Forced Vibration Analysis Of Piping Systems


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In the pharmaceutical and food industries vibrators are often used to ensure that processed substances do not build up deposits on the inside surfaces of piping or equipment.

One such example is a pipe “chute” used to feed powder into a reactor vessel. The chute is hung above the reactor vessel and connected to it via an expansion bellows. The chute is fitted with a vibrator which operates over a known frequency range and develops a known harmonic force.

A vibration analysis of the chute was requested to demonstrate that the chute would not suffer premature failure due to fatigue. On observation the geometry and loading lent itself to a rather novel application for the harmonic analysis capabilities of the CAESAR II piping stress analysis software.

The response of the chute to the forced vibration exerted by the vibrator depends to a large degree on the ratio the frequency of the forcing function and its natural frequency. For this reason it is important that model of the chute should be as accurate as possible in regards to its stiffness and mass. It follows that the Caesar II model built includes components that would not have been included in a normal piping model.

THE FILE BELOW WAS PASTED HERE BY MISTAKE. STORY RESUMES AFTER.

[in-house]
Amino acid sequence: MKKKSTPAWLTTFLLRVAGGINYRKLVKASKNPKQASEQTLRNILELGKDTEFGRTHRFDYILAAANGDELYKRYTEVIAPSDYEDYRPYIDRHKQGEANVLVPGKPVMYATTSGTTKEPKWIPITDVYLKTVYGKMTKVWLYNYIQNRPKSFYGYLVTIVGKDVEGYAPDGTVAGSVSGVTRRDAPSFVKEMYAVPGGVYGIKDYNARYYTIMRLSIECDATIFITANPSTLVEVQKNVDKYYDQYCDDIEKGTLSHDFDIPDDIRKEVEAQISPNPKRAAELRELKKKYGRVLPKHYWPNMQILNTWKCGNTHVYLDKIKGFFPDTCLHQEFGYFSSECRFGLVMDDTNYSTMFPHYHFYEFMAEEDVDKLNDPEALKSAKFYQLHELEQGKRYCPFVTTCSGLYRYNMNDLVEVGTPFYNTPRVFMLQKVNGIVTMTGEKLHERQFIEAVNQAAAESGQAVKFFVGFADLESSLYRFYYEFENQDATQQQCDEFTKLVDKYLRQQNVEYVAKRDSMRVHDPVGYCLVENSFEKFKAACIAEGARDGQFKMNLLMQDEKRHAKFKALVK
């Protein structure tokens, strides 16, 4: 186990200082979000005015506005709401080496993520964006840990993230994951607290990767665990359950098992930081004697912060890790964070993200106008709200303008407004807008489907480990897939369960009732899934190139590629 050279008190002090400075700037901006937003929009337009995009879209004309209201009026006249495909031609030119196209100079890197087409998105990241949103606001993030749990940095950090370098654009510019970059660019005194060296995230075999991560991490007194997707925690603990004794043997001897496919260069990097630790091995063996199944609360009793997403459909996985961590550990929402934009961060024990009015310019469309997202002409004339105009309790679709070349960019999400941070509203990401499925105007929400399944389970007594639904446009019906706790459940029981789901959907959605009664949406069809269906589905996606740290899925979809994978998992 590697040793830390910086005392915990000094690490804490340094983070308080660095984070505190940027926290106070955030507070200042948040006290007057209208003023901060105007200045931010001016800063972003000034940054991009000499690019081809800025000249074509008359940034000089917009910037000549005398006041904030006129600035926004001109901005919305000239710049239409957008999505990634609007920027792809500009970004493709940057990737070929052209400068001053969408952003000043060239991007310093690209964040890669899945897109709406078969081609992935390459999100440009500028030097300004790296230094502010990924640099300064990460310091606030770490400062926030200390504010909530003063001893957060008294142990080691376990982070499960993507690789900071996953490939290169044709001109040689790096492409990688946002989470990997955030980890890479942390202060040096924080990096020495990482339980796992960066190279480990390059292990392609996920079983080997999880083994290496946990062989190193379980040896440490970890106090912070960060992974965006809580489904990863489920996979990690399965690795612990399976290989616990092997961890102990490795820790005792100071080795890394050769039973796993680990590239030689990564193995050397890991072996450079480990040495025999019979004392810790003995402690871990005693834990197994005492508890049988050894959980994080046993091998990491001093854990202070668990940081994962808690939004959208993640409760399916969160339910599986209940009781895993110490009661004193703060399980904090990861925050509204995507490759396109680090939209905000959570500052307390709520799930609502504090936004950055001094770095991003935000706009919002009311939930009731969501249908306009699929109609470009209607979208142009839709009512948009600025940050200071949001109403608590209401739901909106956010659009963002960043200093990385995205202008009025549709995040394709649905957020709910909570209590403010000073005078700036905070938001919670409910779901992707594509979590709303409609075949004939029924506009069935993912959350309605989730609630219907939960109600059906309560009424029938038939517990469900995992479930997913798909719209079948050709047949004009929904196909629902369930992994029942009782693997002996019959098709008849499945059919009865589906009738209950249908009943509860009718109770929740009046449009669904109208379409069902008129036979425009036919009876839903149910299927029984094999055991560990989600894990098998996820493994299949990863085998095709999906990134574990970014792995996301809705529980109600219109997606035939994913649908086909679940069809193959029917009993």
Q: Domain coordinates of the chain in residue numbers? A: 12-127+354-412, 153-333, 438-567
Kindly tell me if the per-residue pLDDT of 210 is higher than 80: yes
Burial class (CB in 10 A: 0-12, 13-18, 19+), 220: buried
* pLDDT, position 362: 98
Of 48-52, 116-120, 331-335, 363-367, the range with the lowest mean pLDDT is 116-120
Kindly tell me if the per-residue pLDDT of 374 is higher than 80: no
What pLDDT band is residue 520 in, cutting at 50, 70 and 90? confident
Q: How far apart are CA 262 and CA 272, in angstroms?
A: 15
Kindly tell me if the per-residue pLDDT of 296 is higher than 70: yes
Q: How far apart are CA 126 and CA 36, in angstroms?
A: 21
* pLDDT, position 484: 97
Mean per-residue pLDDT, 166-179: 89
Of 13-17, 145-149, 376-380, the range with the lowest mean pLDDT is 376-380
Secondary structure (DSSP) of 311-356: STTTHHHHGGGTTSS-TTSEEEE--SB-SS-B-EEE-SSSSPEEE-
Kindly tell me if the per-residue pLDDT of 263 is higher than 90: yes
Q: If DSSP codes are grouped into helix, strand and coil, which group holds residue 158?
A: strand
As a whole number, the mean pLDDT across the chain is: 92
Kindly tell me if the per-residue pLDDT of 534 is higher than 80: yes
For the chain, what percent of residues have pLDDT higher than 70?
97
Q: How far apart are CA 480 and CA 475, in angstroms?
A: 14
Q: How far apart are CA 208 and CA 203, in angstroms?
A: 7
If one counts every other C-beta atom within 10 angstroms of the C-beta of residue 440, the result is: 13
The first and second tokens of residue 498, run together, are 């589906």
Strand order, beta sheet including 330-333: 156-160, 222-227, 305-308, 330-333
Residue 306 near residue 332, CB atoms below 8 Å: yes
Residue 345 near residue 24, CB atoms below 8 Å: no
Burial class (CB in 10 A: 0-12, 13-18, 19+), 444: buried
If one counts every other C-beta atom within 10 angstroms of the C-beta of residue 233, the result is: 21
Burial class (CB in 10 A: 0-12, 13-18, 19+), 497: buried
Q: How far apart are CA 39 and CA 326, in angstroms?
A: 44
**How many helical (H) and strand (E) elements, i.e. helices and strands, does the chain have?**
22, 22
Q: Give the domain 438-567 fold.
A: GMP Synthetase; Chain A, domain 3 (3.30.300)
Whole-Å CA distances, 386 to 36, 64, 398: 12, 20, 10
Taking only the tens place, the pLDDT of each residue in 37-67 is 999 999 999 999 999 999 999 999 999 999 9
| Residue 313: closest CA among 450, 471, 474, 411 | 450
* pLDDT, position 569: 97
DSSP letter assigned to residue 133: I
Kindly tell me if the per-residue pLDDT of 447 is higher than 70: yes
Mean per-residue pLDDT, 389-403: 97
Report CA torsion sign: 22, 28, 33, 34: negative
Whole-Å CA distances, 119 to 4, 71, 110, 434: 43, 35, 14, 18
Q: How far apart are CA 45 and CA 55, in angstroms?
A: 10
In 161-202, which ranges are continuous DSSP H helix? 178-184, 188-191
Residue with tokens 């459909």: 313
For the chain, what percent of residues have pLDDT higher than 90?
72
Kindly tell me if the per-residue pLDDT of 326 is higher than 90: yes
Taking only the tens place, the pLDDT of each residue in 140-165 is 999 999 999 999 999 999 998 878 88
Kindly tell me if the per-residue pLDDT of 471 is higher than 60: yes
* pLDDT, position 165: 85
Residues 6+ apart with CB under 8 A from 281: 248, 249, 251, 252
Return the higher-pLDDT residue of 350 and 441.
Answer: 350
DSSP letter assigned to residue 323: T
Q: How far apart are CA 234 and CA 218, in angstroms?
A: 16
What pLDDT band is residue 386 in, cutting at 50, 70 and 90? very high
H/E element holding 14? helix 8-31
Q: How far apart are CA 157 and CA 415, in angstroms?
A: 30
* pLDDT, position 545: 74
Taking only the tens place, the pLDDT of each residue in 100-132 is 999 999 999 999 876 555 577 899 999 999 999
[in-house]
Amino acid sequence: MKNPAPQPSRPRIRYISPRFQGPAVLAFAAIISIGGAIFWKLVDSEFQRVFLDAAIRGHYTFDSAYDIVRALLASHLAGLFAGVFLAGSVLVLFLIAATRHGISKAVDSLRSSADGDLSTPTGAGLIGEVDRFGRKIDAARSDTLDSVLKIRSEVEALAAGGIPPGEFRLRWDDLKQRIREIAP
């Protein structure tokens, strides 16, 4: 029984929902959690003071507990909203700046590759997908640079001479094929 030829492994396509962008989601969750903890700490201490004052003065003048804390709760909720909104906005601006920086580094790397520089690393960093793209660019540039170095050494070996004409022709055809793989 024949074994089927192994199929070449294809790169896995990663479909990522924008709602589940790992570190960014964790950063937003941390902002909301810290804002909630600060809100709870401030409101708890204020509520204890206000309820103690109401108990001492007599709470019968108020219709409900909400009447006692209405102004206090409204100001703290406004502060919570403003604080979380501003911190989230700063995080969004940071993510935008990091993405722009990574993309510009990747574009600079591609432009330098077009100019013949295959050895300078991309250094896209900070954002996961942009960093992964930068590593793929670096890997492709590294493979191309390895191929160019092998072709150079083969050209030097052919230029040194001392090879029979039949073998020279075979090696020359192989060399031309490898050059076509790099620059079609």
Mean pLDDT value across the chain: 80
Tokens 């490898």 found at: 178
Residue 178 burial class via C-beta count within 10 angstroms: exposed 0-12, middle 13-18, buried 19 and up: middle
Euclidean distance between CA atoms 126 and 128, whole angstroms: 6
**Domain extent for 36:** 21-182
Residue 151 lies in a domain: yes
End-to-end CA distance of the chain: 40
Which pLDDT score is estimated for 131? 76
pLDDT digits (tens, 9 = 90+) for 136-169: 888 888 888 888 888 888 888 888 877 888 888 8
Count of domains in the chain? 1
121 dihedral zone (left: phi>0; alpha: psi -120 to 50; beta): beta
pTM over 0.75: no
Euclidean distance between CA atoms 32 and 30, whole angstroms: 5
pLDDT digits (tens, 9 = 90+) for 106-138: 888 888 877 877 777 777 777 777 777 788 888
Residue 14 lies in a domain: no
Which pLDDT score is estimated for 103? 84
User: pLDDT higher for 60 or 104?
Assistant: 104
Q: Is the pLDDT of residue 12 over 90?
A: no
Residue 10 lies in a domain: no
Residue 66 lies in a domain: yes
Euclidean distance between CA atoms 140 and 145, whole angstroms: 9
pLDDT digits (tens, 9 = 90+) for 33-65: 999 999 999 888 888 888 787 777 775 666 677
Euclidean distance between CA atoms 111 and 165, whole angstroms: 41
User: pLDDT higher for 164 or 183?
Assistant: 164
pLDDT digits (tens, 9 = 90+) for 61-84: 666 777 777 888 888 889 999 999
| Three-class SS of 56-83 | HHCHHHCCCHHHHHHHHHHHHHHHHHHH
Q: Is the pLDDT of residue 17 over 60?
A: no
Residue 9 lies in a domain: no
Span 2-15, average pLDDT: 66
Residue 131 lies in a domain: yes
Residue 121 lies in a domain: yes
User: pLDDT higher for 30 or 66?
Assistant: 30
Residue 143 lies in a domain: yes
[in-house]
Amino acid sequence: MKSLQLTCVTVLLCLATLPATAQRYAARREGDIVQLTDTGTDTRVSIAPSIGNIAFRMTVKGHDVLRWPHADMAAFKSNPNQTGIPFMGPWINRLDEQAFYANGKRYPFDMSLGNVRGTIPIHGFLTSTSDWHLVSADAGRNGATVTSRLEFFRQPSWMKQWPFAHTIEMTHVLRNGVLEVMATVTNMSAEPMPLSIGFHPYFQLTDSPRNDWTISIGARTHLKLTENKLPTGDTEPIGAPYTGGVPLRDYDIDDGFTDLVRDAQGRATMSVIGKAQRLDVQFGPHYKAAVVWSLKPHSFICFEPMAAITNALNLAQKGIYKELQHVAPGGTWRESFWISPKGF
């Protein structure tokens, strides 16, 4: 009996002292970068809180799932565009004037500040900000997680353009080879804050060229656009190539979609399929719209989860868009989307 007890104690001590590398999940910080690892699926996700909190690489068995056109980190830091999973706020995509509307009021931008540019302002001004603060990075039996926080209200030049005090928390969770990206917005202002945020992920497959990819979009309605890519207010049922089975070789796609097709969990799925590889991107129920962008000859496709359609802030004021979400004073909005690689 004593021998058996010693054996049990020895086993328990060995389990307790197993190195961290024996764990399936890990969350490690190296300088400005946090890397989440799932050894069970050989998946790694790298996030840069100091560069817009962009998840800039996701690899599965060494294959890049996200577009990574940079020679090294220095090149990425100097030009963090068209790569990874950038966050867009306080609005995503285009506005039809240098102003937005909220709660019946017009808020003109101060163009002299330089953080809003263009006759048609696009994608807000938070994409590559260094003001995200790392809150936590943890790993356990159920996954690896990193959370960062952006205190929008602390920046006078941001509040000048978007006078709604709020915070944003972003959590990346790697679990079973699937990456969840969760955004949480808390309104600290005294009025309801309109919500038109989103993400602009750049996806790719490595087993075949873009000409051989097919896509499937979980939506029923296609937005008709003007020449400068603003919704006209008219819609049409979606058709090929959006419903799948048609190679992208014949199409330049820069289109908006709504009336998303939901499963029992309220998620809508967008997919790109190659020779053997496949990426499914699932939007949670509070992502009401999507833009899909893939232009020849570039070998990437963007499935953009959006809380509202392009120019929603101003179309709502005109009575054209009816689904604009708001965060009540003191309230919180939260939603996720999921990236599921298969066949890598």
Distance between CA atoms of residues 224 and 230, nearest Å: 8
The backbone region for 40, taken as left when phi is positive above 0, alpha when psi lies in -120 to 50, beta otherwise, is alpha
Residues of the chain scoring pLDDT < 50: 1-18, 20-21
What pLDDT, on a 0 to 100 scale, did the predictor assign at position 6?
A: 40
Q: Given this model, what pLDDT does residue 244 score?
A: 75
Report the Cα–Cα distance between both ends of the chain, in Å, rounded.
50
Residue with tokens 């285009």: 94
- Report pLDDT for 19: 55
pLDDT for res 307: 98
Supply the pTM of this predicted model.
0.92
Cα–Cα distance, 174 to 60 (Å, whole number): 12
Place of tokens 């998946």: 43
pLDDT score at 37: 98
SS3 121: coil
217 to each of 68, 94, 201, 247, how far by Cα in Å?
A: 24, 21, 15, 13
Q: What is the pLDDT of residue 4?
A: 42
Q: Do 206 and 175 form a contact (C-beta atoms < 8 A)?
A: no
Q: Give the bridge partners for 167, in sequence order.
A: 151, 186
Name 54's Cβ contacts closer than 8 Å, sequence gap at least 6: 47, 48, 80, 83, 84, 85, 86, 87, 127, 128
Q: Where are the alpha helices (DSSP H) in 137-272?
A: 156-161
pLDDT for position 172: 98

The model includes the bolted cover for the chute, the rodding connection, vibrator mount and mass to represent the vibrator itself as well as the clamp connectors and expansion bellows.

The analysis established that first and second modes of vibration of the chute when full of powder were 13.3 and 67.9 Hz with (exaggerated) mode shapes as shown here.

As the vibrator operates over a narrow range of between 30.4 and 37.0 Hz it was concluded that there was little chance of resonance and the chute would not be expected to suffer any significant fatigue damage.

The harmonic analysis, akin to a forced vibration analysis, carried out using Caesar II considered the lateral force of 369N developed by the vibrator at frequencies of between 30.4 and 37.0Hz. The maximum stress amplitude in the chute was found to be only 0.7MPa confirming that no fatigue damage is to be expected.

Further sensitivity analyses were performed with different powder densities and with the chute full to different levels. The conclusions remained unchanged.

The chute has given five years trouble free service since installation.

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